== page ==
The anti nuclear declaration became our defining political idea. Never mind that we were protected by the nuclear umbrella by a thankless US. We were just far too smug to accept it is a real & dangerous world out there.
So the likes of David Lange, Helen Clark, Margaret Wilson took power with liberal ideas formed in the cradle of a wealthy nation whose parents knew the reality of sacrifice, but who failed to pass on to those children that there were responsibilities to go with the prosperity they created for their children. We grew up in an environment where peace and prosperity was taken for granted. Socialism with its warm caring wealth and equality for everyone became the idea behind all policy. The original safety net became a state provided right and the socialist idea was extended to the point where the state provides over 1/3 of people with benefits.
Back to face some realities. New Zealand is not standing by its allies and those who have guaranteed its security for the last 70 years. It is slipping down the list of wealthy nations. Not so much getting poorer yet but steadily moving towards the Argentinian type of crisis that will result when too much is expected from the productive sector to support the wilfully idle.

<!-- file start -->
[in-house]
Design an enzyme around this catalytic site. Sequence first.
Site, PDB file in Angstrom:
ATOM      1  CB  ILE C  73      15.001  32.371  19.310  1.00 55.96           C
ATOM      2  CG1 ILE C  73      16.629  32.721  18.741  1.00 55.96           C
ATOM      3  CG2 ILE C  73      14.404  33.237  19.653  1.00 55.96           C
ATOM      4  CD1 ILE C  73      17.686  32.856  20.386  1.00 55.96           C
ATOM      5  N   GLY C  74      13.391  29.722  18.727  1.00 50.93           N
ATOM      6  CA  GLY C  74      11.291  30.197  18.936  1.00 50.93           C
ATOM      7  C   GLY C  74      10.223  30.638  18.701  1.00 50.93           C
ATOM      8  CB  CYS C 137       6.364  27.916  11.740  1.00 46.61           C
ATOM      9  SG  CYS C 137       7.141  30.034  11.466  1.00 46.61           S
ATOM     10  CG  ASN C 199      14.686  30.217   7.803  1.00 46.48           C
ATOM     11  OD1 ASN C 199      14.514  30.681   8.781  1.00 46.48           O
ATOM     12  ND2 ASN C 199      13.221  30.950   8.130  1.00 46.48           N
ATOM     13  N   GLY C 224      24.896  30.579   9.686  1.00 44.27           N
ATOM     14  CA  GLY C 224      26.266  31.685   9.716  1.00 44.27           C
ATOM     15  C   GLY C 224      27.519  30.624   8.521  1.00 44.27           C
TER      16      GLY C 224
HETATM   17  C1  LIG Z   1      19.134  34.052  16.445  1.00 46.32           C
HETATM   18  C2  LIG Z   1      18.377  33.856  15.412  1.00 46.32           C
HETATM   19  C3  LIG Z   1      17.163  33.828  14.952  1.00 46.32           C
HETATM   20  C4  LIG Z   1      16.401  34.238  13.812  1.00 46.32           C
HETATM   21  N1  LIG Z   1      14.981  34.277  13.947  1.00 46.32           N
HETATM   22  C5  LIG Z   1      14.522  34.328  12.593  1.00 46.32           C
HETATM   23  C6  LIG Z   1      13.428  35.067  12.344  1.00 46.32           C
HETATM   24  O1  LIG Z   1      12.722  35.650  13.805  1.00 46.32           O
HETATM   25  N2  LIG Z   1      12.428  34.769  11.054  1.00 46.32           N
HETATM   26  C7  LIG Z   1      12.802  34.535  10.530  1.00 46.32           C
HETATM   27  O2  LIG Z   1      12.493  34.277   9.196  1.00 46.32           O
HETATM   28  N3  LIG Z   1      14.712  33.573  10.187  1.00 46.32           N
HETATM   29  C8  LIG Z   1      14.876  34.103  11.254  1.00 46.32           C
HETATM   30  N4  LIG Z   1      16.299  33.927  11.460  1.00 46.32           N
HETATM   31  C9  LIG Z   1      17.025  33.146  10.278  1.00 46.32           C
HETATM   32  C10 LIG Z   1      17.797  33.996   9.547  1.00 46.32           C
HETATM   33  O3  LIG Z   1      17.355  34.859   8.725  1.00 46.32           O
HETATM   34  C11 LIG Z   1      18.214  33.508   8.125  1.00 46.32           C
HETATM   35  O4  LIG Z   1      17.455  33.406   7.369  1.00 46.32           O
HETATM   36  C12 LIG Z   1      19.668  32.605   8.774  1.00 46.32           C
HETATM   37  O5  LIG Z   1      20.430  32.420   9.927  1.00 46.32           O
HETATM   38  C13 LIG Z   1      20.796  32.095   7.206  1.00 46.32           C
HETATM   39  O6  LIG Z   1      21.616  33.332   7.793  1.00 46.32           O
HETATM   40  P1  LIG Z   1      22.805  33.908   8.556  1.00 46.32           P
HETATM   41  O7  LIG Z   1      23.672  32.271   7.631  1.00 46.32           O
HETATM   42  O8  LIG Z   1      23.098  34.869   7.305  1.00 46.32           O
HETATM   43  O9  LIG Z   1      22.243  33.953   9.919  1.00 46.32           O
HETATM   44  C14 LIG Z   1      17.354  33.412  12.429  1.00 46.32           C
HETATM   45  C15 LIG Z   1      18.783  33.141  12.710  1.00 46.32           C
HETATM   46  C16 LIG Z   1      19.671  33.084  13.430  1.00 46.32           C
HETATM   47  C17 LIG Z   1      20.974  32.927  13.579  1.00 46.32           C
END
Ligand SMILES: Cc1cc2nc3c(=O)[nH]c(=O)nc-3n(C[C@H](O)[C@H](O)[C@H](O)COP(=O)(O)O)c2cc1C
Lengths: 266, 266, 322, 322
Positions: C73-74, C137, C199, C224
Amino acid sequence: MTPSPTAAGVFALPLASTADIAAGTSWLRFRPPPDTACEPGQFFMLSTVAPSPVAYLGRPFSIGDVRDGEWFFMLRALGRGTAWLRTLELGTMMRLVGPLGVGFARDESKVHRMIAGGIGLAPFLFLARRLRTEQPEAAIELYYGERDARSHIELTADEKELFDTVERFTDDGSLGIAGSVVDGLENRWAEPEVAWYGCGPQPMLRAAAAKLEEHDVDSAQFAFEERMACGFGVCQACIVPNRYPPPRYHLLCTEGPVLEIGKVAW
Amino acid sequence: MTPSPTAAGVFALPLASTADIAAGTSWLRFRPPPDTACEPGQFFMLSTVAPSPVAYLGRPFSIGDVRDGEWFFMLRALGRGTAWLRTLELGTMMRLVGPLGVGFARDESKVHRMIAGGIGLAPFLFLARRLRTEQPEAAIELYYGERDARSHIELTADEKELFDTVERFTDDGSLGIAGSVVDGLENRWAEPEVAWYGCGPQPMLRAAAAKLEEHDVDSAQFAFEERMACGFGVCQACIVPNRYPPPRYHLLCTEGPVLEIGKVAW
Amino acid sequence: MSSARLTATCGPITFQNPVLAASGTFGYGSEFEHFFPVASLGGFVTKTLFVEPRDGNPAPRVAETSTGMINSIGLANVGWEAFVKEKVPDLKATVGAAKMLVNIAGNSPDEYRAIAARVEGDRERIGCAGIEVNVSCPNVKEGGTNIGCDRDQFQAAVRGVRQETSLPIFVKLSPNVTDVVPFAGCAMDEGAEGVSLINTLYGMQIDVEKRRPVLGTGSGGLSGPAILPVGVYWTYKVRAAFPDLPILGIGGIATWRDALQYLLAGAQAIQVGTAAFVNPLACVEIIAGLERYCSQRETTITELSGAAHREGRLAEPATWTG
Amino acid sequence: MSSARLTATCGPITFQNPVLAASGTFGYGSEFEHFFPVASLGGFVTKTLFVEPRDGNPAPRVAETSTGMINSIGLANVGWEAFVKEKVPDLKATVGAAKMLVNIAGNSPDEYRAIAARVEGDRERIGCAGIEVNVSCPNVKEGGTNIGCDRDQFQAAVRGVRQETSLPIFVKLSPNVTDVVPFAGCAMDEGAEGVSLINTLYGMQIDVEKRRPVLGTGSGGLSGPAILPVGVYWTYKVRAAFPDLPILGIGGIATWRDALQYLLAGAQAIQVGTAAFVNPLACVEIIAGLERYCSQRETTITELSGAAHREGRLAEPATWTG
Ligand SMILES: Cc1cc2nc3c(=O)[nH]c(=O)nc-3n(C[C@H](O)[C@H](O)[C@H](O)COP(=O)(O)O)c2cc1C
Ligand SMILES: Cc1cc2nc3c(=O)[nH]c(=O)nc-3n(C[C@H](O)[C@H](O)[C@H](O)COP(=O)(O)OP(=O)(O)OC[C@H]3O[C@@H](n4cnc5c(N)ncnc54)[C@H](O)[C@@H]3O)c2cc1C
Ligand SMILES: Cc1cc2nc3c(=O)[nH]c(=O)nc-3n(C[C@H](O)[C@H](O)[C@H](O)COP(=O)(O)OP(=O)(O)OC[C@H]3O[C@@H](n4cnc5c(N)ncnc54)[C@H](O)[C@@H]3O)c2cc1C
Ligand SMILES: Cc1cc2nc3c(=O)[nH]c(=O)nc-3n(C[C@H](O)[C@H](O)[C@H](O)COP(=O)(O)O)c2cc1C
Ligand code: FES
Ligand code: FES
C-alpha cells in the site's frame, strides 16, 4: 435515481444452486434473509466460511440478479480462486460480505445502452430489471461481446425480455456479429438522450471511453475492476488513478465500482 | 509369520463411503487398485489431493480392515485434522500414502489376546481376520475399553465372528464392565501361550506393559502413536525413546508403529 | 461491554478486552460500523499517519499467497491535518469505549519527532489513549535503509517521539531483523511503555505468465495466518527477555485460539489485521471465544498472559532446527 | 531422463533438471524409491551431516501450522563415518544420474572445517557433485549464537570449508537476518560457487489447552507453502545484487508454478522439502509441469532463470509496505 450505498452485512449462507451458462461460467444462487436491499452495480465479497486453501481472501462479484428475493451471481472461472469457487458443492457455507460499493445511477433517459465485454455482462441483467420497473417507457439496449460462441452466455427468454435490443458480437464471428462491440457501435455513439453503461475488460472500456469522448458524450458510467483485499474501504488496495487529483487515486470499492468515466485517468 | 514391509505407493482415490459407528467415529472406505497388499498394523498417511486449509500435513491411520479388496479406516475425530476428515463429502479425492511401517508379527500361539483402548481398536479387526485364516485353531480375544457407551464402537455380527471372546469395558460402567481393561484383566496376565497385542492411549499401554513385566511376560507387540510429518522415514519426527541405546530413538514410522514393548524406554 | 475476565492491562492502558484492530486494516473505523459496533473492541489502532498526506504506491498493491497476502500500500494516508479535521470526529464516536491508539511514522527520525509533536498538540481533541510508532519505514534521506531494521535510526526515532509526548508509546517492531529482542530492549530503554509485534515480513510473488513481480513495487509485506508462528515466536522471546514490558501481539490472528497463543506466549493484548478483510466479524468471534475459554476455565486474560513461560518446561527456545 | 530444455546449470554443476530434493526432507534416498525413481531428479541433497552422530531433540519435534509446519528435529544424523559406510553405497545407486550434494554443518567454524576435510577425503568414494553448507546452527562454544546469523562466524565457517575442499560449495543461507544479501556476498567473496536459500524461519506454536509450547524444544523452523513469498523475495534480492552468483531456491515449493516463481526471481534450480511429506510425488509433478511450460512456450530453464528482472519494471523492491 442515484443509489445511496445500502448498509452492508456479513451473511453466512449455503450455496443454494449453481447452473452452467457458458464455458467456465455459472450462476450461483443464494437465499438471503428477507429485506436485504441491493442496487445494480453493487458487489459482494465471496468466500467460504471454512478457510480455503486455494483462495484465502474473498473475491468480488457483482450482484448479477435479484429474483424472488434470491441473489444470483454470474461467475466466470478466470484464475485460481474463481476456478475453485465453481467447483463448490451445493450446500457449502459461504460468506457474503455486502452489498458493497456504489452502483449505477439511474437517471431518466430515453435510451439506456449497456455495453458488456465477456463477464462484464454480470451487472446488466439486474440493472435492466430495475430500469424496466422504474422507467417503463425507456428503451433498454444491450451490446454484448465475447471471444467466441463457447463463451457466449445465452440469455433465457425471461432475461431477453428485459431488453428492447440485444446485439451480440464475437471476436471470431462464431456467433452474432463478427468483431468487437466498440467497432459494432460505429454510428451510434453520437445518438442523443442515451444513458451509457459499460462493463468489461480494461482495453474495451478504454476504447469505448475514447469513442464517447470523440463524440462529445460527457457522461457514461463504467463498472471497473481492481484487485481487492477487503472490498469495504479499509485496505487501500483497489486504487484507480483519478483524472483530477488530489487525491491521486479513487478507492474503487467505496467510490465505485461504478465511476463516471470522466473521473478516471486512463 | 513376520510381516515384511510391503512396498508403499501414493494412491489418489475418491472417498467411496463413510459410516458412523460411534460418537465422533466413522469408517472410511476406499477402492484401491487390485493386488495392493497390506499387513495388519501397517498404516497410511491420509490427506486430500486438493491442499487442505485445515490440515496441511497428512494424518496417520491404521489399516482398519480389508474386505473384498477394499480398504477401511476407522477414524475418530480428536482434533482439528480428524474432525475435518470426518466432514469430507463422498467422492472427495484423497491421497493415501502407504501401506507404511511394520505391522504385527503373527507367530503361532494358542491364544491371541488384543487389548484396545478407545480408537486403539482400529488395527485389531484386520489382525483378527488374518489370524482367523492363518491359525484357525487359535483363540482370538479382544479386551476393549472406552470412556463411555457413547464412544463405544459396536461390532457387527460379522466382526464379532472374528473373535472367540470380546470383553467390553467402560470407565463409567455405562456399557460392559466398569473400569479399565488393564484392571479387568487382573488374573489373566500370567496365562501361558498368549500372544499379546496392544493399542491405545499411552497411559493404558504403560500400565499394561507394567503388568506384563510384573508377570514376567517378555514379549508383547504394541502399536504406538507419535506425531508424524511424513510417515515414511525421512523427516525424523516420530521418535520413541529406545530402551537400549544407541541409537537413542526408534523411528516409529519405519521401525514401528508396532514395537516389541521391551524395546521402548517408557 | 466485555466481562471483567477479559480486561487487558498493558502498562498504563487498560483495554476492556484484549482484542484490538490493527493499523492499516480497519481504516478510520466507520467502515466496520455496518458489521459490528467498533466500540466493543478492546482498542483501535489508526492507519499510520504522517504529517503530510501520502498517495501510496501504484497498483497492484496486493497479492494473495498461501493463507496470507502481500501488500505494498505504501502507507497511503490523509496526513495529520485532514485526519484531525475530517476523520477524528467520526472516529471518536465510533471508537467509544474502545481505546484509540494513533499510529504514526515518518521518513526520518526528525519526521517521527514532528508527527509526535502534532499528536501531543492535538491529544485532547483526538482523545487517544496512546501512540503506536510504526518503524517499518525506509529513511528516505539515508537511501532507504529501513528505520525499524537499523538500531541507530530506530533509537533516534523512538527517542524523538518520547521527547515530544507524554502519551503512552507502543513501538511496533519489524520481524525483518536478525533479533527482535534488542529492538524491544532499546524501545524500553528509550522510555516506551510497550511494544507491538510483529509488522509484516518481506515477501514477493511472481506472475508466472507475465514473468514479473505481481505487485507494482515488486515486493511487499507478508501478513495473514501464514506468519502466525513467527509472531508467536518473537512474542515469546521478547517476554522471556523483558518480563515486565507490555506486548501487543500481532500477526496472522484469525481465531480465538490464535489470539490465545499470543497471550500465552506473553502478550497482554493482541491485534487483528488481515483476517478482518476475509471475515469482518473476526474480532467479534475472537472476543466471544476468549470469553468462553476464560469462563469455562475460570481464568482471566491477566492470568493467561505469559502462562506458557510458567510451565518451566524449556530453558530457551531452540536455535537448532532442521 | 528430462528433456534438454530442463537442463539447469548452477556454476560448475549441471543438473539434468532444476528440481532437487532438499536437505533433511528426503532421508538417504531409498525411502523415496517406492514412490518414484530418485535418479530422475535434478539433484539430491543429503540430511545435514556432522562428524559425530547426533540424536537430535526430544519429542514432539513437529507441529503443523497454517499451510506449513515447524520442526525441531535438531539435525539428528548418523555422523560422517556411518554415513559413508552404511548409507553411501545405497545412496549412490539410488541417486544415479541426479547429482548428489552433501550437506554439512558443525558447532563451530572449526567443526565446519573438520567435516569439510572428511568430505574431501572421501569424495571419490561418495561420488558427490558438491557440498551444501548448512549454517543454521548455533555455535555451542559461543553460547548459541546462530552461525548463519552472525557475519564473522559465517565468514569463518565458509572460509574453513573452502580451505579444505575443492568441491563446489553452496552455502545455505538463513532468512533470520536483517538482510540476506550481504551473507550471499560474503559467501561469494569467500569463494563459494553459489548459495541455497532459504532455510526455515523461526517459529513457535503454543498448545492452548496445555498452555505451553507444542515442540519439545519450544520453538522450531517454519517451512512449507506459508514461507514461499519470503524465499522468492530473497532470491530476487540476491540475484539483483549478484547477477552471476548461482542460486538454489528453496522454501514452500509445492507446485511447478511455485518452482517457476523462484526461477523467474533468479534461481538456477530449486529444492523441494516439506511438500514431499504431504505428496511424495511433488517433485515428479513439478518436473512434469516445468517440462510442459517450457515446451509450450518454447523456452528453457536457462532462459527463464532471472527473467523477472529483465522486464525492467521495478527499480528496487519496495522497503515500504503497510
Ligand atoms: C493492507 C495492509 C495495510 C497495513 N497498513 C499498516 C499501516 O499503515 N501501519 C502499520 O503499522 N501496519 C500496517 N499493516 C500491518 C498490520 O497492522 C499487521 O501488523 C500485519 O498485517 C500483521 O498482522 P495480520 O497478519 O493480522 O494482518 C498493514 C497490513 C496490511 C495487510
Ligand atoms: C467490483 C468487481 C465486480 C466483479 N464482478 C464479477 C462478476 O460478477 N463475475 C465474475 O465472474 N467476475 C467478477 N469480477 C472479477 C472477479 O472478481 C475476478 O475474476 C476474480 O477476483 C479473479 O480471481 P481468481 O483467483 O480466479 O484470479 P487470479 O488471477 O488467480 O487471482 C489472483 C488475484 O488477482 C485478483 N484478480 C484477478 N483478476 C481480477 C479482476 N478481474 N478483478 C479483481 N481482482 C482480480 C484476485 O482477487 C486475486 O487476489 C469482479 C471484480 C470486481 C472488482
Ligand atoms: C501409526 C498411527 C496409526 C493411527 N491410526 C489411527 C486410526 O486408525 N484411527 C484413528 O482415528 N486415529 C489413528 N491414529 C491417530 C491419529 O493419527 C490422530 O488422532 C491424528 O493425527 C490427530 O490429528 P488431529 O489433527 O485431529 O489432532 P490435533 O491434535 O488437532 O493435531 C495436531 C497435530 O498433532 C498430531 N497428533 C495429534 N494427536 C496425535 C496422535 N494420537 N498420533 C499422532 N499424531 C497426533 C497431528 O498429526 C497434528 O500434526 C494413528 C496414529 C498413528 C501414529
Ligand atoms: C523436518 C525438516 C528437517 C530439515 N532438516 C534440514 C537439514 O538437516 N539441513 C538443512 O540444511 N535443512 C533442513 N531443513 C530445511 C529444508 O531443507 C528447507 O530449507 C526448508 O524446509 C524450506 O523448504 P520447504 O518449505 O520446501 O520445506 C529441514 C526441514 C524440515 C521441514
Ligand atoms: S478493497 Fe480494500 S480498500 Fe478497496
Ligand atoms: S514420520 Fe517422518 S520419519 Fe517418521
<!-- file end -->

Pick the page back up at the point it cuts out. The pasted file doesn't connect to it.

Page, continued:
The left reject the medicine provided by Sir Roger and Ruth Richardson as "failed experiments" but do not understand the basic economic principles underlying the reforms. New Zealand is like a wealthy private company that has passed to the third generation. The greedy family dont understand the business but just want to strip out more and more and more cash.
The problems in New Zealand today will not be solved by cutting Education or Health budgets. Investing wisely in the knowledge of the future and the health of people is a sign of a sensible society. Proper controls on spending and the methods of delivery will make sure taxpayers money is spent effectively. Breaking the teacher unions will ensure children can be taught at schools that conform to parental standards rather than woolly liberal, politically correct mantras of hand out and the state must oblige.
Having no vision for the future other than holding the hand out to the state for as much money as you can get from it is sleepwalking to the abyss. One third of taxpayers money is spent on benefits to equalise income. Paying people money they have not earned. That is what will kill the Kiwi spirit.
Now that the US election is out of the way and the world is in safe rather than French hands we can look to New Zealands future.
Education reform, Benefit reform, real contribution to the security of the world including our own security and stopping the idea that the state's role is what the state decides are the key issues for New Zealand to face. Given that New Zealanders seem inclined to view themselves on the self responsibility rather than state responsibility side of the spectrum there must be some hope.